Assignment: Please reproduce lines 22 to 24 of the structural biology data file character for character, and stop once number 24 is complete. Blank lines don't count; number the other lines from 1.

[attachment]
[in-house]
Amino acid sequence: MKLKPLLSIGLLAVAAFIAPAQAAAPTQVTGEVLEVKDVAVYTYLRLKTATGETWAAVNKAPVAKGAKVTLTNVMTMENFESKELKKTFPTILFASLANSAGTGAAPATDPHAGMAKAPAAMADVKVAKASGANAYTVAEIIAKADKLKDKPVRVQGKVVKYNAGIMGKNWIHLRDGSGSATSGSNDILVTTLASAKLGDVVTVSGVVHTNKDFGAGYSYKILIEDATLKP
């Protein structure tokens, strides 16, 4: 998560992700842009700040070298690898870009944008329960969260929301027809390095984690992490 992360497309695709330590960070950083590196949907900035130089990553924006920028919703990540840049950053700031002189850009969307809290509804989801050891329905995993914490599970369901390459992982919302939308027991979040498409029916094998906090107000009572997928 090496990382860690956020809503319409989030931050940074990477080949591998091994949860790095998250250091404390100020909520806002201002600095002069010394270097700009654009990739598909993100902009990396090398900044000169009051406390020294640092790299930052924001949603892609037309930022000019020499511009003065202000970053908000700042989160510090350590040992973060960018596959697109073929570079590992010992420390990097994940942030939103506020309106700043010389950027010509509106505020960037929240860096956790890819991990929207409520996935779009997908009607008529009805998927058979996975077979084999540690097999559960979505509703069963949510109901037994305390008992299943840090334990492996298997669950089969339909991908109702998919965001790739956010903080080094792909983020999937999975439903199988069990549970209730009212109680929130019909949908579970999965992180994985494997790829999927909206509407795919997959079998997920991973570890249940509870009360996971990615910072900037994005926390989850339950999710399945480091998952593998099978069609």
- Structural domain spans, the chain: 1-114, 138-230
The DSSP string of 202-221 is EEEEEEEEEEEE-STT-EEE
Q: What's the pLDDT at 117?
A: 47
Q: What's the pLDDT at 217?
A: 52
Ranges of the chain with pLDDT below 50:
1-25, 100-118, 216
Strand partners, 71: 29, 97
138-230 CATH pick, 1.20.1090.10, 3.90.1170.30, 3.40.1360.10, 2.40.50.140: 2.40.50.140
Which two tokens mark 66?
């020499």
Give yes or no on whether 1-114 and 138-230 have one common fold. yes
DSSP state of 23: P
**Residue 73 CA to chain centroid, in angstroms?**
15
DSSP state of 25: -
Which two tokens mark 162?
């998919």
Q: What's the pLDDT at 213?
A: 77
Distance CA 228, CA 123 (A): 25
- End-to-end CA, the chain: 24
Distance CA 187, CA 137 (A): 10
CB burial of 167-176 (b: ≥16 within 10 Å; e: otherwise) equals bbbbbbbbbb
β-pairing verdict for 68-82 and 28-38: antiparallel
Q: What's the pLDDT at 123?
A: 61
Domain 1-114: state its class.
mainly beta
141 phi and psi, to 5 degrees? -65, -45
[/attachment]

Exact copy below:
């998919």
Q: What's the pLDDT at 213?
A: 77